Jordan's Castle's early history is somewhat obscure. The earliest authentic reference is to a defence of the castle by Simon Jordan against the O'Neills for three years, until relieved by Lord Deputy Mountjoy in 1601. In 1911 the Belfast antiquarian, Francis Joseph Bigger, bought the castle and restored it, using it to display his extensive collection of antiquities and making it freely accessible to everyone. When he died in 1926, the castle was presented by his executor, Dr Joseph Bigger, to the state on condition that, with its contents, it should be preserved as an Ancient Monument. The contents have since been dispersed among the Ulster Museums general collections and the tower is no longer open to the public.
Jordan's Castle is a rectangular tower house four storeys high. On the north face are two rectangular projections, one containing a stone spiral staircase, the other an inner closet at each level, with those on the lower stages having outlets to the ground. Architecturally there is little evidence to give a definitive date for the castle. The masonry is blue stone rubble with a little freestone in quoins and window jambs. Some of the window details suggest 15th century, but have had so much reconstruction that dating is difficult.
The ground floor chamber is unfloored and the irregular surface of the outcropping rock can be seen. It therefore may have been a storehouse. The main room is apparently on the first floor, which contains its original stone floor supported on a pointed barrel vault. The floors on the second and third storeys are at the original levels but of modern construction, with the beams going at right angles to the original direction. The concrete roof is also an addition. The wall tops retain their stone-flagged rampart walls and archery turrets. The turret to the north-west contains a dovecote, the nest-holes of which are contemporary with the main structure.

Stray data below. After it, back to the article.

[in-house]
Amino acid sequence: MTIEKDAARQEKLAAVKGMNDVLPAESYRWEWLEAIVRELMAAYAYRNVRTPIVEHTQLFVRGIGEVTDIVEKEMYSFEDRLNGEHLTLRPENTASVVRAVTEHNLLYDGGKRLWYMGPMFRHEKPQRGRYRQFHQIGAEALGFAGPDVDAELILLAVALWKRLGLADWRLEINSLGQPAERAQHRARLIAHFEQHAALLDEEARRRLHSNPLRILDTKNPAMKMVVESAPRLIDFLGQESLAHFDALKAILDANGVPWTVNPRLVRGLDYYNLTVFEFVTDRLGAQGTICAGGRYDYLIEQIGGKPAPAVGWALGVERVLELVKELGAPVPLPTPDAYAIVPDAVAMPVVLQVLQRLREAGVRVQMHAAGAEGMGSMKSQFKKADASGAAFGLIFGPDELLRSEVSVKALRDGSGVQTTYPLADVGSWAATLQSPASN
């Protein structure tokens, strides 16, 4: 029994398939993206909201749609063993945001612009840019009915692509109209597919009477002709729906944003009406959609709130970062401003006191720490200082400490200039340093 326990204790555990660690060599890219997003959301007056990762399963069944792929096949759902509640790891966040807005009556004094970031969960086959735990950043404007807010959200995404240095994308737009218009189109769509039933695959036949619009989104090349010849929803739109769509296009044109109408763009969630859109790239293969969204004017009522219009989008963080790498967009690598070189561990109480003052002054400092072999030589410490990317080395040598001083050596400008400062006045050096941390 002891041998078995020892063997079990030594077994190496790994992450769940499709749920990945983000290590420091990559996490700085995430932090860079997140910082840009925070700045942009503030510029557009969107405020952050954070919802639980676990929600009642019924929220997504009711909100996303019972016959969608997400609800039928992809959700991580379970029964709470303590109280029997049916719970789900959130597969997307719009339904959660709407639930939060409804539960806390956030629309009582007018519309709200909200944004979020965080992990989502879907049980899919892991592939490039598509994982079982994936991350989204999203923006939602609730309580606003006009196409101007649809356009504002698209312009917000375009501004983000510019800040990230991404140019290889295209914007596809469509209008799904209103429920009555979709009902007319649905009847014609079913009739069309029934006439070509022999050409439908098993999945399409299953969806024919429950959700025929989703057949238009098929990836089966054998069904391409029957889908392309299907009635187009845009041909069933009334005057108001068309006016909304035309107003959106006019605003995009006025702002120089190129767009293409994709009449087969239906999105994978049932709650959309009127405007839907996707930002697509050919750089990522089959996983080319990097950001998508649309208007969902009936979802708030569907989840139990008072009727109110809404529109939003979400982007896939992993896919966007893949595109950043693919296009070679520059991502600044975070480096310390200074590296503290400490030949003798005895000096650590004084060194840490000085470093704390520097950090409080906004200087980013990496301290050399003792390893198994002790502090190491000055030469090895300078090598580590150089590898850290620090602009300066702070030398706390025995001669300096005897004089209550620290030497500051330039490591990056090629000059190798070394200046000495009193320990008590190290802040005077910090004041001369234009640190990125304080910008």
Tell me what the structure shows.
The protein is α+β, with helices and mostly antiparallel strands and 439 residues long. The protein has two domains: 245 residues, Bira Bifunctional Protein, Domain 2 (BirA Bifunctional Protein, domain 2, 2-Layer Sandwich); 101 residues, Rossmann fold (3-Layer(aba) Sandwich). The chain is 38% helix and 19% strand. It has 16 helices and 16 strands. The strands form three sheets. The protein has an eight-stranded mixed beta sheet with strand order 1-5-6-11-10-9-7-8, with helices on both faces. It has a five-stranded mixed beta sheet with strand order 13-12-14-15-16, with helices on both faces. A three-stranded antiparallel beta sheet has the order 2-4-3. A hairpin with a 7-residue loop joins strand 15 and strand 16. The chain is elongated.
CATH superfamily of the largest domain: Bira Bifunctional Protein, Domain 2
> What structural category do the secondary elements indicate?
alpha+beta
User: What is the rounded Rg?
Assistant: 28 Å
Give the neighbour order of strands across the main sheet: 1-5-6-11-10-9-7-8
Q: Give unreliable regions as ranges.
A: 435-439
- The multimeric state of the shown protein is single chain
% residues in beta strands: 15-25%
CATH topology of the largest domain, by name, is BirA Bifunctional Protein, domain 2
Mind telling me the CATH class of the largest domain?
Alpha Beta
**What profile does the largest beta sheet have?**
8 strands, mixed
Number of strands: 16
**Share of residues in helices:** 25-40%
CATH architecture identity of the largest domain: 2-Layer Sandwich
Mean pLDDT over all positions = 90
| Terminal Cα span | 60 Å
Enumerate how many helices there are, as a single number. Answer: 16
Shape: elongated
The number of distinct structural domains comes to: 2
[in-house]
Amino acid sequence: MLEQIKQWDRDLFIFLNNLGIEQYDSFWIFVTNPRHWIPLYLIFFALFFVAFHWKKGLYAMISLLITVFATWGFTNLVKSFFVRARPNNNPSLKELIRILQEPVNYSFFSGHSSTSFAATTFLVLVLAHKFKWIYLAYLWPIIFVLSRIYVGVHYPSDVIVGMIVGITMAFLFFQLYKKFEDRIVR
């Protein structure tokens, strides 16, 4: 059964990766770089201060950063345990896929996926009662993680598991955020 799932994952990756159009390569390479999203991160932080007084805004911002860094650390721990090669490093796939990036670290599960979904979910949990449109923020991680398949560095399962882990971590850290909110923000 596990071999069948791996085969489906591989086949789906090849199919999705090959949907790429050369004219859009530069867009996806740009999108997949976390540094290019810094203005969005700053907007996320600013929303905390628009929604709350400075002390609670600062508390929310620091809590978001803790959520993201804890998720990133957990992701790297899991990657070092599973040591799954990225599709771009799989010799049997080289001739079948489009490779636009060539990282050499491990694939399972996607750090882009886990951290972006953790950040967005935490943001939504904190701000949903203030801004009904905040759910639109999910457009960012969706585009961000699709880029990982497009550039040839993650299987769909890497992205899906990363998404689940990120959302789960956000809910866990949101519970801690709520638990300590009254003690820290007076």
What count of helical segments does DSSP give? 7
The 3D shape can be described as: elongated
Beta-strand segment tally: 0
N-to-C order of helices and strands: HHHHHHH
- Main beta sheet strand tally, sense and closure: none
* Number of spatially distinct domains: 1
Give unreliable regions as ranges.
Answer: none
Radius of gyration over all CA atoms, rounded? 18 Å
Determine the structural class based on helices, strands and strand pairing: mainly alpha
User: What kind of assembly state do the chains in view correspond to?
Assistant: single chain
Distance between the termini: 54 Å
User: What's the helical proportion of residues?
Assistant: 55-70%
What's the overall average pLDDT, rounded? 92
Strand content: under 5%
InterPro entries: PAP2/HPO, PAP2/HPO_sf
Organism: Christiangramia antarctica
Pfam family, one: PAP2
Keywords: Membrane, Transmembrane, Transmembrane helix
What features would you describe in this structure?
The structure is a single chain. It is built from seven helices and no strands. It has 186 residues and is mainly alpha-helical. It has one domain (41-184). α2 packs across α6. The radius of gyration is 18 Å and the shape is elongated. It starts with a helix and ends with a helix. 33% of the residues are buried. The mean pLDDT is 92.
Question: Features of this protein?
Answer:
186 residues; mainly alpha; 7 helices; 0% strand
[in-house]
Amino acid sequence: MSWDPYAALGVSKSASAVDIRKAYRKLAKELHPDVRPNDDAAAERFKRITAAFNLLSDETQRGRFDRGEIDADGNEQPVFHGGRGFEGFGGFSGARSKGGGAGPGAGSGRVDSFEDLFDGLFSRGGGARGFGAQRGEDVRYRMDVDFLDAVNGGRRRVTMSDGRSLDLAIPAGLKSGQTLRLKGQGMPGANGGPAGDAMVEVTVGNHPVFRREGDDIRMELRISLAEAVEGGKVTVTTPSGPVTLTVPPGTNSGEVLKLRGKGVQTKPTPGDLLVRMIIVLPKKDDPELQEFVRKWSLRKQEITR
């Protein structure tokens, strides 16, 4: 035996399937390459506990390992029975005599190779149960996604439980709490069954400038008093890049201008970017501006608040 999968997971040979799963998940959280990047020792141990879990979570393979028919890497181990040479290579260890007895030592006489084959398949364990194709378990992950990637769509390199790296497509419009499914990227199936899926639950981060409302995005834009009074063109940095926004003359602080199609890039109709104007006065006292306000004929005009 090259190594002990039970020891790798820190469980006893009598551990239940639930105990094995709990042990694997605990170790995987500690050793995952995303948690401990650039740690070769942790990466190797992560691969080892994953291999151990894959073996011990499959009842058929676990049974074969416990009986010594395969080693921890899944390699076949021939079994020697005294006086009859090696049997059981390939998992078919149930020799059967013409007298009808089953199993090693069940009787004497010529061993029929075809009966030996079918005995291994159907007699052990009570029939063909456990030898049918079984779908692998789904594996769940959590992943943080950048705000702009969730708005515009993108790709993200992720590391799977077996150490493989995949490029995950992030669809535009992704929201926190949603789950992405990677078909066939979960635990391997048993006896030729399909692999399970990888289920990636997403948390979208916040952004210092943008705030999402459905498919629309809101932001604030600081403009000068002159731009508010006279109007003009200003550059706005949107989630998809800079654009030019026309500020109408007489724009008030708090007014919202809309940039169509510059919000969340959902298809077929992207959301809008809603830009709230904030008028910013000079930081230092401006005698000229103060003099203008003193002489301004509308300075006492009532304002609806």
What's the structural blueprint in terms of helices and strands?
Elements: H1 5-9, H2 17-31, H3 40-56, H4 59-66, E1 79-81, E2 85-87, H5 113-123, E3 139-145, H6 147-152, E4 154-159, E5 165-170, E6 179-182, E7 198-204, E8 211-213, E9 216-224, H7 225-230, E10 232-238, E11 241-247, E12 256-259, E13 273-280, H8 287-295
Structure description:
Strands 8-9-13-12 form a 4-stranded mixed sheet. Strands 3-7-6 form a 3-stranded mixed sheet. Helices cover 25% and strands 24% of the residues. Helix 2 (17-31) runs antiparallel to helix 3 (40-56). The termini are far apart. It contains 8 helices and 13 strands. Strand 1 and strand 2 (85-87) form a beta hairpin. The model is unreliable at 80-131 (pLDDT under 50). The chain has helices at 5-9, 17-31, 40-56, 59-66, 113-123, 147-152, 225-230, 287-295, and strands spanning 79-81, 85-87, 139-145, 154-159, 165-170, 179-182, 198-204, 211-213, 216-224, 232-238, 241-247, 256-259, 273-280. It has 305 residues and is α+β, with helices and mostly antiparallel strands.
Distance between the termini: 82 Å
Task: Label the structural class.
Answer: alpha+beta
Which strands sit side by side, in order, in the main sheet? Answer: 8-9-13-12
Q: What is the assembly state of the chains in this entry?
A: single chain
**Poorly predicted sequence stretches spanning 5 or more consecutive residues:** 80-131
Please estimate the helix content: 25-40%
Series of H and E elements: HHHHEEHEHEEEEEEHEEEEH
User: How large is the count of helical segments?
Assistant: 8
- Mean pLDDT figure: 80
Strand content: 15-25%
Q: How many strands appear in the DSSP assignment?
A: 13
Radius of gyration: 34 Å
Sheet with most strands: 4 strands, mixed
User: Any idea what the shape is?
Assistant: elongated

The entrance is at the bottom of the north-west tower and leads to a spiral stairway to roof level. It is protected by a machicolation at that level. The projecting towers are connected by a high-level arch which also functions as a machicolation.References:
The Kalozha church of Saints Boris and Gleb is the oldest extant structure in Hrodna. It is the only surviving monument of ancient Black Ruthenian architecture, distinguished from other Orthodox churches by prolific use of polychrome faceted stones of blue, green or red tint which could be arranged to form crosses or other figures on the wall.
The church is a cross-domed building supported by six circular pillars. The outside is articulated with projecting pilasters, which have rounded corners, as does the building itself. The ante-nave contains the choir loft, accessed by a narrow gradatory in the western wall. Two other stairs were discovered in the walls of the side apses; their purpose is not clear. The floor is lined with ceramic tiles forming decorative patterns. The interior was lined with innumerable built-in pitchers, which usually serve in Eastern Orthodox churches as resonators but in this case were scored to produce decorative effects. For this reason, the central nave has never been painted.
The church was built before 1183 and survived intact, depicted in the 1840s by Michał Kulesza, until 1853, when the south wall collapsed, due to its perilous location on the high bank of the Neman. During restoration works, some fragments of 12th-century frescoes were discovered in the apses. Remains of four other churches in the same style, decorated with pitchers and coloured stones instead of frescoes, were discovered in Hrodna and Vaŭkavysk. They all date back to the turn of the 13th century, as do remains of the first stone palace in the Old Hrodna Castle.
In 2004, the church was included in the Tentative List of UNESCO"s World Heritage Sites.